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There is a myth that has grown around Scott Parker that suggests he is somehow the lynchpin of both the England and Spurs sides, and that he is much closer to being a world class player than many are willing to admit.
The fact is this: Parker bombed out at Chelsea when he moved to a big club, was relegated with West Ham and none of the top English or foreign sides decided to move for him when he was available last summer.
Why? Because Parker is a fundamentally limited player. I have previously described him as a water carrier, and I stand by that assertion.
But he is, in fact, not even a good water carrier. Yes, he has a high pass completion rate, but his inability to move the ball effectively into dangerous areas, and to players in space, was central to England’s inability to dominate possession against Italy.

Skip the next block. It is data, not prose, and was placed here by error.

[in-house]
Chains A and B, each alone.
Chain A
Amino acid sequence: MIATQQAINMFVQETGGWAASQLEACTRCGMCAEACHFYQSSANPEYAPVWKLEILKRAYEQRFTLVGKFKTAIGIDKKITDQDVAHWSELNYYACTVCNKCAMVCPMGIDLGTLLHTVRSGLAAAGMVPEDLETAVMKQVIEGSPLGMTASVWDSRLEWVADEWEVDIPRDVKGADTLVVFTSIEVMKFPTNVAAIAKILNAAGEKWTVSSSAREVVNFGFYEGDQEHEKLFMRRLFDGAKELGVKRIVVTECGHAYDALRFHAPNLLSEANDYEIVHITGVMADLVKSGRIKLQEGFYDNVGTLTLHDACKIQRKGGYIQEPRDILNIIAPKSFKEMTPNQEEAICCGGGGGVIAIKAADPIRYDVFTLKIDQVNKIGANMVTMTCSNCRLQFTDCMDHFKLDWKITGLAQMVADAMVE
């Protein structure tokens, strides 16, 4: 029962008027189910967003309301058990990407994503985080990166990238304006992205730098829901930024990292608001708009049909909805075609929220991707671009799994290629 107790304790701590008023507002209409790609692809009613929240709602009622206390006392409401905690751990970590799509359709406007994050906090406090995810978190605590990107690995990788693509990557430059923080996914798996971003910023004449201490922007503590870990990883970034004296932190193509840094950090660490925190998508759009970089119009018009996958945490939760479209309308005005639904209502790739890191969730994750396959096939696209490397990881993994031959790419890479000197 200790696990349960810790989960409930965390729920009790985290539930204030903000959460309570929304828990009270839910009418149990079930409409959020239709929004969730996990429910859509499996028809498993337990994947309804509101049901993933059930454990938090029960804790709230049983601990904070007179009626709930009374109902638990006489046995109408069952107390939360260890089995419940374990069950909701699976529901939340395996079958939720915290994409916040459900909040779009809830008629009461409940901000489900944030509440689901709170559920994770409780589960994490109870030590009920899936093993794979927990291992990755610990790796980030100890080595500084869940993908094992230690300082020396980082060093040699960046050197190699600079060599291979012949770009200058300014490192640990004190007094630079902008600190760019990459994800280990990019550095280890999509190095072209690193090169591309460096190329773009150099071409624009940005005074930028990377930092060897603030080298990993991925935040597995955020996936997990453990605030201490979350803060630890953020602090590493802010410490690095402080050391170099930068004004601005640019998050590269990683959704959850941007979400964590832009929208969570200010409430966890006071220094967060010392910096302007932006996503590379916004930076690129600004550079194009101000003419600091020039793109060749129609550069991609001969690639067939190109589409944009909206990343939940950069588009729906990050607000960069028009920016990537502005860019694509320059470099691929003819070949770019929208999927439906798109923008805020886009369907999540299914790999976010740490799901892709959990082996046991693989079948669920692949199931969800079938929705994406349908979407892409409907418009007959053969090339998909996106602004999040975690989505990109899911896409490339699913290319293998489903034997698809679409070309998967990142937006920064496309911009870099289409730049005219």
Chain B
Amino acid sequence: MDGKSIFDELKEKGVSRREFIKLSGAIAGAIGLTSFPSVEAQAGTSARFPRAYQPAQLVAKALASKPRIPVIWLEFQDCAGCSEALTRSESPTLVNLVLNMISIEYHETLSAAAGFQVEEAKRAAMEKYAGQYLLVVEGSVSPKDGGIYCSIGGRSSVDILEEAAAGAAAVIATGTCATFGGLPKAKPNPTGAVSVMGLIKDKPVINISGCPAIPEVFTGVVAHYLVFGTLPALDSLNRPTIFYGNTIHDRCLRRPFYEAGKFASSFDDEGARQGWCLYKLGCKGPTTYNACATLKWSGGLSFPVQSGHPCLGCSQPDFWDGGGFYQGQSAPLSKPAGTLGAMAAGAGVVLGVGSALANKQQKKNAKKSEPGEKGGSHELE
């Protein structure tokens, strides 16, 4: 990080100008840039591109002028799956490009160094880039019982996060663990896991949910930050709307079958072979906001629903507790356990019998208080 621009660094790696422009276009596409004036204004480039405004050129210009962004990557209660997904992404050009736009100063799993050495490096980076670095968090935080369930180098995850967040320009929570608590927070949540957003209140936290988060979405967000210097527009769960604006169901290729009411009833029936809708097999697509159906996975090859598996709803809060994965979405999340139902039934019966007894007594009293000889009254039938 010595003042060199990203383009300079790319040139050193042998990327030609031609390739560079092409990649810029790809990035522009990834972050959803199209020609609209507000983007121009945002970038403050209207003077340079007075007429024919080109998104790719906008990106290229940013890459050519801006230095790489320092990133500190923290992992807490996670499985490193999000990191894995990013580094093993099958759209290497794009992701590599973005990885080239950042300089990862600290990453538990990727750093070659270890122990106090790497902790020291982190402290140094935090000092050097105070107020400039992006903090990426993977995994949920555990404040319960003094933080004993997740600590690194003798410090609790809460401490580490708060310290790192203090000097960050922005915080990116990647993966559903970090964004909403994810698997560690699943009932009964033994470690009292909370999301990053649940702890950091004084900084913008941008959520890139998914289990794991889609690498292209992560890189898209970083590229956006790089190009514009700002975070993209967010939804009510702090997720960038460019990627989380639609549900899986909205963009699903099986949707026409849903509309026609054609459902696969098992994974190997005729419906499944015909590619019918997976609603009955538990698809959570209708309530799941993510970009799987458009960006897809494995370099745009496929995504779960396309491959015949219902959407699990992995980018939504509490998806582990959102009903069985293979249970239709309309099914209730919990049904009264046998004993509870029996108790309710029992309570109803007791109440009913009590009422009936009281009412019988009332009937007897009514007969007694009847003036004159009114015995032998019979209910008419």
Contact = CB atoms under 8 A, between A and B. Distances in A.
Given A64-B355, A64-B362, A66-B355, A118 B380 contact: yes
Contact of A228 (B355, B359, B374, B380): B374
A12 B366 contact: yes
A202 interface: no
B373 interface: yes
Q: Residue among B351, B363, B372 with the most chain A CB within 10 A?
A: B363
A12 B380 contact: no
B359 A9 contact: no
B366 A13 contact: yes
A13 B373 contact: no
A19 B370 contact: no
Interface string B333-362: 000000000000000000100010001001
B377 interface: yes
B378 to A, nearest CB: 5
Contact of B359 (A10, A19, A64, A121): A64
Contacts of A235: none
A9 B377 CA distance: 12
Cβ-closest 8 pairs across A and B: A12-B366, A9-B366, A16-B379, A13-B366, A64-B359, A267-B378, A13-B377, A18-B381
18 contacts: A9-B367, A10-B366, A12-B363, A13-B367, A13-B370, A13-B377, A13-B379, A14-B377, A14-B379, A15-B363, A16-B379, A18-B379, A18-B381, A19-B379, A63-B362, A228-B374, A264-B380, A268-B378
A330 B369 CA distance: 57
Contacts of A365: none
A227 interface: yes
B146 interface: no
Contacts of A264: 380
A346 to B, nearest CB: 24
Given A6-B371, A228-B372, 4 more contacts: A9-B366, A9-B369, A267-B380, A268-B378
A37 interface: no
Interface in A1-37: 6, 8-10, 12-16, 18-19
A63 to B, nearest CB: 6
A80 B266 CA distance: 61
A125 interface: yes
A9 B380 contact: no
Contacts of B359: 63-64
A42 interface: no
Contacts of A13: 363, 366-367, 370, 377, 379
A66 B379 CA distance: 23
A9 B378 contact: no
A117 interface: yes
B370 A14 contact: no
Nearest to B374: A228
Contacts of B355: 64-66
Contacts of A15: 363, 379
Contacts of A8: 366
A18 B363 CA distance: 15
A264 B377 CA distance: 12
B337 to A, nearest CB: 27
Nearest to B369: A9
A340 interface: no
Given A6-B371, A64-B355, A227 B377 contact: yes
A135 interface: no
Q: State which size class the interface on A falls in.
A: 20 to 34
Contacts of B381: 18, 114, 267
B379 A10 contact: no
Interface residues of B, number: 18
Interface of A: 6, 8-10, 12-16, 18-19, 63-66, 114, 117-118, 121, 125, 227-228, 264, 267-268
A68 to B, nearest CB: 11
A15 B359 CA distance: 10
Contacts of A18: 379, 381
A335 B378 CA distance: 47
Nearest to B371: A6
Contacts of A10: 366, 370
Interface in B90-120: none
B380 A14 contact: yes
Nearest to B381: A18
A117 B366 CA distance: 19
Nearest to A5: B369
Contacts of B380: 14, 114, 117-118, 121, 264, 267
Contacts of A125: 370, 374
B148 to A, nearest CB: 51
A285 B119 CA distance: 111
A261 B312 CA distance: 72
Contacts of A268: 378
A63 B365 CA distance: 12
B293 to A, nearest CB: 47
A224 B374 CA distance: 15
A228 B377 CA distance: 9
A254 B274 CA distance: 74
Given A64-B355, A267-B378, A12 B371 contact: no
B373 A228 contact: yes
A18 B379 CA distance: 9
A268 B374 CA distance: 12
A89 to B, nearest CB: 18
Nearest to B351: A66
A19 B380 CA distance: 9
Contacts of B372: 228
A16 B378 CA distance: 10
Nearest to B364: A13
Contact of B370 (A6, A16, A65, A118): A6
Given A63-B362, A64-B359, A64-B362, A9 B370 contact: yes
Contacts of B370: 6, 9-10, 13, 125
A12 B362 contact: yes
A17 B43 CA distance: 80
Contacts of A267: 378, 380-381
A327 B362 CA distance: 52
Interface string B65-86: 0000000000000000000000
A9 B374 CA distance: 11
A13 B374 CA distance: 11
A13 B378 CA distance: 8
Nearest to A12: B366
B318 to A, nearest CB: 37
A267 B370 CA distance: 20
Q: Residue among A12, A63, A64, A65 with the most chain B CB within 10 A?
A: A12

The idea that he is an all-action, combative midfielder is also slightly tempered by the fact that Danny Welbeck completed as many successful tackles as Parker did during the tournament.
If Frank Lampard, Gareth Barry or Jack Wilshere had been fit, Parker probably would not have been in the side. He looked out of his depth against Italy, constantly second-best when up against the superior Italian midfield, and should not be part of the English first XI in the future.
In many respects, Parker sums up much what is wrong with English football—the glorification of effort and strength over technique and the ridiculous feting of average players who have achieved little during their careers.